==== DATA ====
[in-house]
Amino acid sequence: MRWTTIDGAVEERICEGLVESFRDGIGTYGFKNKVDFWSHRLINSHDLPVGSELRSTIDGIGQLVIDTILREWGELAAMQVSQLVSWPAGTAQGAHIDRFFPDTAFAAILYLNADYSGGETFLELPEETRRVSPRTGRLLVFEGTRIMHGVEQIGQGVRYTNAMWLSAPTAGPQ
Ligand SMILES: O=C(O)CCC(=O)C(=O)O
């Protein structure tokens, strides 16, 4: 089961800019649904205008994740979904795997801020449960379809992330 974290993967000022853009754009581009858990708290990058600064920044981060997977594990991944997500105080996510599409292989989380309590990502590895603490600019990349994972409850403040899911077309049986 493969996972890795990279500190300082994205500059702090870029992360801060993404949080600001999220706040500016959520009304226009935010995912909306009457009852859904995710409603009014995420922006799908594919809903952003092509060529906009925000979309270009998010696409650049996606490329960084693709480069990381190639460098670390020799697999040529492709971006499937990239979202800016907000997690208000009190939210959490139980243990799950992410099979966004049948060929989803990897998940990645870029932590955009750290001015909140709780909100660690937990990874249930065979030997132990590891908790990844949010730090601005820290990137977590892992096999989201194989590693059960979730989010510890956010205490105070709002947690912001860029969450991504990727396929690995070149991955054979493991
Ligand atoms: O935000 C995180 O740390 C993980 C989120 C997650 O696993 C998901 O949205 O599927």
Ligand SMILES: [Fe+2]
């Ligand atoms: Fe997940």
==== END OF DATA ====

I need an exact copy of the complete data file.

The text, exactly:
[in-house]
Amino acid sequence: MRWTTIDGAVEERICEGLVESFRDGIGTYGFKNKVDFWSHRLINSHDLPVGSELRSTIDGIGQLVIDTILREWGELAAMQVSQLVSWPAGTAQGAHIDRFFPDTAFAAILYLNADYSGGETFLELPEETRRVSPRTGRLLVFEGTRIMHGVEQIGQGVRYTNAMWLSAPTAGPQ
Ligand SMILES: O=C(O)CCC(=O)C(=O)O
């Protein structure tokens, strides 16, 4: 089961800019649904205008994740979904795997801020449960379809992330 974290993967000022853009754009581009858990708290990058600064920044981060997977594990991944997500105080996510599409292989989380309590990502590895603490600019990349994972409850403040899911077309049986 493969996972890795990279500190300082994205500059702090870029992360801060993404949080600001999220706040500016959520009304226009935010995912909306009457009852859904995710409603009014995420922006799908594919809903952003092509060529906009925000979309270009998010696409650049996606490329960084693709480069990381190639460098670390020799697999040529492709971006499937990239979202800016907000997690208000009190939210959490139980243990799950992410099979966004049948060929989803990897998940990645870029932590955009750290001015909140709780909100660690937990990874249930065979030997132990590891908790990844949010730090601005820290990137977590892992096999989201194989590693059960979730989010510890956010205490105070709002947690912001860029969450991504990727396929690995070149991955054979493991
Ligand atoms: O935000 C995180 O740390 C993980 C989120 C997650 O696993 C998901 O949205 O599927």
Ligand SMILES: [Fe+2]
């Ligand atoms: Fe997940």